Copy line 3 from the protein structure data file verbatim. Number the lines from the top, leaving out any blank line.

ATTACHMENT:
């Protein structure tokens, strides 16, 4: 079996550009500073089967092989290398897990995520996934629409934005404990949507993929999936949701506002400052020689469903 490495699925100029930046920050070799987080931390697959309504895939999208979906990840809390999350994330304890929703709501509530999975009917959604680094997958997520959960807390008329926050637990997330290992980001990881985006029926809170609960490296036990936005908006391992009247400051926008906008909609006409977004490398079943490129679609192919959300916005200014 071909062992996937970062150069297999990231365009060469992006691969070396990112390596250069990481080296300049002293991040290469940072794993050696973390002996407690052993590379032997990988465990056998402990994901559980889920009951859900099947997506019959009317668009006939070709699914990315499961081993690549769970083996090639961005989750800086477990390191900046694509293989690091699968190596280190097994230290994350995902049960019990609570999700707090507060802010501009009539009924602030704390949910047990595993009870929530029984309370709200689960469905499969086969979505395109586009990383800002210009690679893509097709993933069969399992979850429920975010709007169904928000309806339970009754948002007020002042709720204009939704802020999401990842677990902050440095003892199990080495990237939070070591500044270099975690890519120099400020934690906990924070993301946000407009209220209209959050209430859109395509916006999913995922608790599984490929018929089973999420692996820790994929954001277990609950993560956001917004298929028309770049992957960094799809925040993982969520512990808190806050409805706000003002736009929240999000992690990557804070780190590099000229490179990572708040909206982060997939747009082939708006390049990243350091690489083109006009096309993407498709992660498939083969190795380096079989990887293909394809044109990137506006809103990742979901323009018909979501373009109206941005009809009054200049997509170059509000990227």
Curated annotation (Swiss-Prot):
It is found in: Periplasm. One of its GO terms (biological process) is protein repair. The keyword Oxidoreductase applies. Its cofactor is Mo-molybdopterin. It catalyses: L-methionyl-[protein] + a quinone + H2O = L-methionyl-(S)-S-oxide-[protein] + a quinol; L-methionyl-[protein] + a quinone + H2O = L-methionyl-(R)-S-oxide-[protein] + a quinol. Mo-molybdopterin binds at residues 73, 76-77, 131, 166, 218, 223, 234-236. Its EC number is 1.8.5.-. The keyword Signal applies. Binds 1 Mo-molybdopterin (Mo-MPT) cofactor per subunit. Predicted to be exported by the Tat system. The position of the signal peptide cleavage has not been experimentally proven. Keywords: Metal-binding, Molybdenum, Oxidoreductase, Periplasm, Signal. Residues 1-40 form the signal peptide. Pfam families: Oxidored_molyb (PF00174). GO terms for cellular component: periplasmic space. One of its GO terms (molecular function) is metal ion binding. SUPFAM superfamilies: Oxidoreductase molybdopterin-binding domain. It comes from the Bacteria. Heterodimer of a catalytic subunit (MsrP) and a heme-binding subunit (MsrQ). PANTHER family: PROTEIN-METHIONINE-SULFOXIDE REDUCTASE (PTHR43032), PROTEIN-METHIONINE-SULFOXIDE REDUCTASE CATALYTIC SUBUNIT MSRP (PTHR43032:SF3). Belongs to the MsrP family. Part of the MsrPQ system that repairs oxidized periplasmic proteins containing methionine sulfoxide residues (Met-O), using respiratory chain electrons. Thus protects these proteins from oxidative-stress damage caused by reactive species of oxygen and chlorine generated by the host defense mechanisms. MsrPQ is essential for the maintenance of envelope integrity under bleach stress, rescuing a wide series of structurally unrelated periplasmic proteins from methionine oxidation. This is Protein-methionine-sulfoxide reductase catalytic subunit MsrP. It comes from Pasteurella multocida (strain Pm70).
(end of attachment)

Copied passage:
It is found in: Periplasm. One of its GO terms (biological process) is protein repair. The keyword Oxidoreductase applies. Its cofactor is Mo-molybdopterin. It catalyses: L-methionyl-[protein] + a quinone + H2O = L-methionyl-(S)-S-oxide-[protein] + a quinol; L-methionyl-[protein] + a quinone + H2O = L-methionyl-(R)-S-oxide-[protein] + a quinol. Mo-molybdopterin binds at residues 73, 76-77, 131, 166, 218, 223, 234-236. Its EC number is 1.8.5.-. The keyword Signal applies. Binds 1 Mo-molybdopterin (Mo-MPT) cofactor per subunit. Predicted to be exported by the Tat system. The position of the signal peptide cleavage has not been experimentally proven. Keywords: Metal-binding, Molybdenum, Oxidoreductase, Periplasm, Signal. Residues 1-40 form the signal peptide. Pfam families: Oxidored_molyb (PF00174). GO terms for cellular component: periplasmic space. One of its GO terms (molecular function) is metal ion binding. SUPFAM superfamilies: Oxidoreductase molybdopterin-binding domain. It comes from the Bacteria. Heterodimer of a catalytic subunit (MsrP) and a heme-binding subunit (MsrQ). PANTHER family: PROTEIN-METHIONINE-SULFOXIDE REDUCTASE (PTHR43032), PROTEIN-METHIONINE-SULFOXIDE REDUCTASE CATALYTIC SUBUNIT MSRP (PTHR43032:SF3). Belongs to the MsrP family. Part of the MsrPQ system that repairs oxidized periplasmic proteins containing methionine sulfoxide residues (Met-O), using respiratory chain electrons. Thus protects these proteins from oxidative-stress damage caused by reactive species of oxygen and chlorine generated by the host defense mechanisms. MsrPQ is essential for the maintenance of envelope integrity under bleach stress, rescuing a wide series of structurally unrelated periplasmic proteins from methionine oxidation. This is Protein-methionine-sulfoxide reductase catalytic subunit MsrP. It comes from Pasteurella multocida (strain Pm70).